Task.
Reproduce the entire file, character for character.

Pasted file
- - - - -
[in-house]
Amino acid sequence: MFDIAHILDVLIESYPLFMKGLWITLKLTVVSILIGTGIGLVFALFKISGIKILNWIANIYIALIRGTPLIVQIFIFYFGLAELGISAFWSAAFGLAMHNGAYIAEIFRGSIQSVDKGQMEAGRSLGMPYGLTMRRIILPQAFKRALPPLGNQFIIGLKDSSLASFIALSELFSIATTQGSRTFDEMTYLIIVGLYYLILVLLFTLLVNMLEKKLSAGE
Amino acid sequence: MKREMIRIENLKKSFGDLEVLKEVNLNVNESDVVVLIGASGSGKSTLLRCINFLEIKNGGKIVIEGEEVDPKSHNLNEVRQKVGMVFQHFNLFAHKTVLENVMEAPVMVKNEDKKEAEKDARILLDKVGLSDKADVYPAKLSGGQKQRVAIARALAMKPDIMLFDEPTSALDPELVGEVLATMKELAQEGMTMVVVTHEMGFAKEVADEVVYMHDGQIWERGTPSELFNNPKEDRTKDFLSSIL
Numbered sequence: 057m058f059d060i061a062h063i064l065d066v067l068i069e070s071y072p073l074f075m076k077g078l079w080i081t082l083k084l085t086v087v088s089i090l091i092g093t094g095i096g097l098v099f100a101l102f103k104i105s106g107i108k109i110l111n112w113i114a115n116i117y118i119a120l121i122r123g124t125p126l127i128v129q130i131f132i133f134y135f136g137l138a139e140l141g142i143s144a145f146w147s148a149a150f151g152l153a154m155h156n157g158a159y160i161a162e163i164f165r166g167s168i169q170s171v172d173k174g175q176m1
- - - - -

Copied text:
[in-house]
Amino acid sequence: MFDIAHILDVLIESYPLFMKGLWITLKLTVVSILIGTGIGLVFALFKISGIKILNWIANIYIALIRGTPLIVQIFIFYFGLAELGISAFWSAAFGLAMHNGAYIAEIFRGSIQSVDKGQMEAGRSLGMPYGLTMRRIILPQAFKRALPPLGNQFIIGLKDSSLASFIALSELFSIATTQGSRTFDEMTYLIIVGLYYLILVLLFTLLVNMLEKKLSAGE
Amino acid sequence: MKREMIRIENLKKSFGDLEVLKEVNLNVNESDVVVLIGASGSGKSTLLRCINFLEIKNGGKIVIEGEEVDPKSHNLNEVRQKVGMVFQHFNLFAHKTVLENVMEAPVMVKNEDKKEAEKDARILLDKVGLSDKADVYPAKLSGGQKQRVAIARALAMKPDIMLFDEPTSALDPELVGEVLATMKELAQEGMTMVVVTHEMGFAKEVADEVVYMHDGQIWERGTPSELFNNPKEDRTKDFLSSIL
Numbered sequence: 057m058f059d060i061a062h063i064l065d066v067l068i069e070s071y072p073l074f075m076k077g078l079w080i081t082l083k084l085t086v087v088s089i090l091i092g093t094g095i096g097l098v099f100a101l102f103k104i105s106g107i108k109i110l111n112w113i114a115n116i117y118i119a120l121i122r123g124t125p126l127i128v129q130i131f132i133f134y135f136g137l138a139e140l141g142i143s144a145f146w147s148a149a150f151g152l153a154m155h156n157g158a159y160i161a162e163i164f165r166g167s168i169q170s171v172d173k174g175q176m1